होम Journal of Geographical Sciences Ecosystem carbon storage under different scenarios of land use change in Qihe catchment, China

Ecosystem carbon storage under different scenarios of land use change in Qihe catchment, China

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30
पत्रिका:
Journal of Geographical Sciences
DOI:
10.1007/s11442-020-1796-6
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September, 2020
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J. Geogr. Sci. 2020, 30(9): 1507-1522
DOI: https://doi.org/10.1007/s11442-020-1796-6
© 2020

Science Press

Springer-Verlag

Ecosystem carbon storage under different scenarios
of land use change in Qihe catchment, China
ZHU Wenbo, ZHANG Jingjing, CUI Yaoping, ZHU Lianqi
College of Environment & Planning, Henan University, Kaifeng 475004, Henan, China

Abstract: Regional land use change is the main cause of the ecosystem carbon storage
changes by affecting emission and sink process. However, there has been little research on
the influence of land use changes for ecosystem carbon storage at both temporal and spatial
scales. For this study, the Qihe catchment in the southern part of the Taihang Mountains was
taken as an example; its land use change from 2005 to 2015 was analyzed, the Markov-CLUE-S composite model was used to predict land use patterns in 2025 under natural
growth, cultivated land protection and ecological conservation scenario, and the land use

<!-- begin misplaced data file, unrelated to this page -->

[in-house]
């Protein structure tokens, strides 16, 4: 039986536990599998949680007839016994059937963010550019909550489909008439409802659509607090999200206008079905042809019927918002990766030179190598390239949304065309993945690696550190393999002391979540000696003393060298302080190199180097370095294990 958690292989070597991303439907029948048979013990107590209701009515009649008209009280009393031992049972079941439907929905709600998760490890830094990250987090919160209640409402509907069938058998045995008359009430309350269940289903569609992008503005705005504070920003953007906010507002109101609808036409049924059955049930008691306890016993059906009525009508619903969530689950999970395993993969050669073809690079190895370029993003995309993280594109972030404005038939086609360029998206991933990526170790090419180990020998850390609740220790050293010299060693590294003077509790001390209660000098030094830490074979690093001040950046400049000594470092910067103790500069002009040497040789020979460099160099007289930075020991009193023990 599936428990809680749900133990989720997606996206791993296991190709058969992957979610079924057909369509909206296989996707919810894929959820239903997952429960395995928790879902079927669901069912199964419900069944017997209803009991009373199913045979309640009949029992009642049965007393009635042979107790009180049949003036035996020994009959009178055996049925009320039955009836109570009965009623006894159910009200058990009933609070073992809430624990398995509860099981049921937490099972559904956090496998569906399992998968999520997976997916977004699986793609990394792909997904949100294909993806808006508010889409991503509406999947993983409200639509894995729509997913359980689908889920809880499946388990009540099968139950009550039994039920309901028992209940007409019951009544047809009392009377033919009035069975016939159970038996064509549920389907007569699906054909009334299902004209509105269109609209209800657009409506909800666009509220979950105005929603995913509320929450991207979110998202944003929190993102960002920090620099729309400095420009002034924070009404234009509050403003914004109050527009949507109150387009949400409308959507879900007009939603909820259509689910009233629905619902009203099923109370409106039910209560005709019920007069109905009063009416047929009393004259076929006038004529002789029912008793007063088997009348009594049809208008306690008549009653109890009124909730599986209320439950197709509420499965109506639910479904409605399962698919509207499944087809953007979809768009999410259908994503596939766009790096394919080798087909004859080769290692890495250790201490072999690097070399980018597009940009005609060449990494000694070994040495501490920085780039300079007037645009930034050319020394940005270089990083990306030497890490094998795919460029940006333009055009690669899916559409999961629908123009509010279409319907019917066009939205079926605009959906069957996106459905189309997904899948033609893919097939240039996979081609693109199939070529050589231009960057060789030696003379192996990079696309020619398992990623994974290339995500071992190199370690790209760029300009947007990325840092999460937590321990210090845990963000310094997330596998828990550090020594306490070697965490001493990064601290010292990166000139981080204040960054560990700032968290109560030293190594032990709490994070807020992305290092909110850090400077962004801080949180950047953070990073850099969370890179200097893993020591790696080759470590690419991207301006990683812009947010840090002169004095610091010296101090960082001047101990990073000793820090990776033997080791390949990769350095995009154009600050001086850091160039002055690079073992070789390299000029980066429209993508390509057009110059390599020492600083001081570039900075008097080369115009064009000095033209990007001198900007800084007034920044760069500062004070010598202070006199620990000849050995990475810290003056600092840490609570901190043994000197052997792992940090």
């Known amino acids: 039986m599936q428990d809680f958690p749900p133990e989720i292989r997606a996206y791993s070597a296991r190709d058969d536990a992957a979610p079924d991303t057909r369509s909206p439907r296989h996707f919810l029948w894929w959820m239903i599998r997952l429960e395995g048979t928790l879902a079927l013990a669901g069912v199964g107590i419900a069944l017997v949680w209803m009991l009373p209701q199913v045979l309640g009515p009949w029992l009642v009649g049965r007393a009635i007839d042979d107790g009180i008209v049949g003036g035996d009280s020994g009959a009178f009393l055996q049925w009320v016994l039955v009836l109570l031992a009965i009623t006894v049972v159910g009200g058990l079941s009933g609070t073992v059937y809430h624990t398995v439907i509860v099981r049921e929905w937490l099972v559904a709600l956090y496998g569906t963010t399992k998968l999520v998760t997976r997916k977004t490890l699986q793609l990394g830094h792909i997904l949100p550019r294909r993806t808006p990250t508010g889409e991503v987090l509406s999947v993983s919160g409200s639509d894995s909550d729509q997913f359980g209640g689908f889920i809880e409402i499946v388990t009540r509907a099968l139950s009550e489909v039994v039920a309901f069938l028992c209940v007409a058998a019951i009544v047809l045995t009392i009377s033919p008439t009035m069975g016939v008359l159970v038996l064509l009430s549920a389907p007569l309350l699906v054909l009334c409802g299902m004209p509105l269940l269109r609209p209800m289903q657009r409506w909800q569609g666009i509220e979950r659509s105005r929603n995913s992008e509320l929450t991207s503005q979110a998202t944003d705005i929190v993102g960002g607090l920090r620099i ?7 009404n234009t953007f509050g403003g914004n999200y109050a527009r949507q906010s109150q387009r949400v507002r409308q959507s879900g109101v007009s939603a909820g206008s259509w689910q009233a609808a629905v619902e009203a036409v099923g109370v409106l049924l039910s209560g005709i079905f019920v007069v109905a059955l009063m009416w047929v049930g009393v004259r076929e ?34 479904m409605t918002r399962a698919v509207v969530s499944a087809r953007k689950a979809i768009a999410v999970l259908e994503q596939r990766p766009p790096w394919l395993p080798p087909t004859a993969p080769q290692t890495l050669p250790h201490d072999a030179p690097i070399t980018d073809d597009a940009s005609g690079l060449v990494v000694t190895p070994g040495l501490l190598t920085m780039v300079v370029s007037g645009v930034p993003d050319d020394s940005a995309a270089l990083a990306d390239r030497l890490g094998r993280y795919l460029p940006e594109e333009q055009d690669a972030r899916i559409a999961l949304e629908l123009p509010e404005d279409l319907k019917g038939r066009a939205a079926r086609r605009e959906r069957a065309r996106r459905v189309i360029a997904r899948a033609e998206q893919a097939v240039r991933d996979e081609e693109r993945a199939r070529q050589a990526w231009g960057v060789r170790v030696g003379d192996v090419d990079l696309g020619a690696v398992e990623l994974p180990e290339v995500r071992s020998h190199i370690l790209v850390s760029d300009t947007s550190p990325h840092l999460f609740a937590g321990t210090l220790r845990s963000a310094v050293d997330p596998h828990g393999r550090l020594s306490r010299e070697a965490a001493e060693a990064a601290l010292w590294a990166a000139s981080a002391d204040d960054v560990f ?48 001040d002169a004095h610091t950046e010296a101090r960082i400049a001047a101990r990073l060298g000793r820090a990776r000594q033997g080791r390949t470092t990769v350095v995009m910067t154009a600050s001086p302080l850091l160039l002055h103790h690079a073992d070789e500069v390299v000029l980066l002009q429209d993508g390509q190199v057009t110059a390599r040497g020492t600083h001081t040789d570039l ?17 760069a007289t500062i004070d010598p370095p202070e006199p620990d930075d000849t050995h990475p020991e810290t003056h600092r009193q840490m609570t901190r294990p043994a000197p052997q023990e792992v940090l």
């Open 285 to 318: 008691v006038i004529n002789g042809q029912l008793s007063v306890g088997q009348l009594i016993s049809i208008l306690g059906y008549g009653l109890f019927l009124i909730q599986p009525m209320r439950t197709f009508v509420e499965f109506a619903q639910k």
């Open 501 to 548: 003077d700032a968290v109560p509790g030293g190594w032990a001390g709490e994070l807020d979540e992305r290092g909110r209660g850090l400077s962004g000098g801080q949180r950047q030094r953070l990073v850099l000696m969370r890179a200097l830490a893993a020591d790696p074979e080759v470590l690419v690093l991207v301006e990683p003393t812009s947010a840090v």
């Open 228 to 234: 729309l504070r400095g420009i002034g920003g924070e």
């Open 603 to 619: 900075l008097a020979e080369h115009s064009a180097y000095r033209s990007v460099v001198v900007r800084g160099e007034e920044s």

data were used to evaluate ecosystem carbon storage under different scenarios for the recent
10-year interval and the future based on the carbon storage module of the InVEST model.
The results show the following: (1) the ecosystem carbon storage and average carbon density
of Qihe catchment were 3.16×107 t and 141.9 t/ha, respectively, and decreased by 0.07×107 t
and 2.89 t/ha in the decade evaluated. (2) During 2005–2015, carbon density mainly decreased in low altitude areas. For high altitude area, regions with increased carbon density
comprised a similar percentage to regions with decreased carbon density. The significant
increase of the construction areas in the middle and lower reaches of Qihe and the degradation of upper reach woodland were core reasons for carbon density decrease. (3) For
2015–2025, under natural growth scenario, carbon storage and carbon density also significantly decrease, mainly due to the decrease of carbon sequestration capacity in low altitude
areas; under cultivated land protection scenario, the decrease of carbon storag; e and carbon
density will slow down, mainly due to the increase of carbon sequestration capacity in low
altitude areas; under ecological conservation scenario, carbon storage and carbon density
significantly increase and reach 3.19×107 t and 143.26 t/ha, respectively, mainly in regions
above 1100 m in altitude. Ecological conservation scenario can enhance carbon sequestration capacity but cannot effectively control the reduction of cultivated land areas. Thus, land
use planning of research areas should consider both ecological conservation and cultivated
land protection scenarios to increase carbon sink and ensure the cultivated land quality and
food safety.
Keywords: land use; Markov-CLUE-S composite model; InVEST model; carbon storage; scenario simulation;
Qihe catchment

Received: 2019-11-29 Accepted: 2020-02-10
Foundation: National Natural Science Foundation of China, No.41671090; National Basic Research Program (973 Program), No.2015CB452702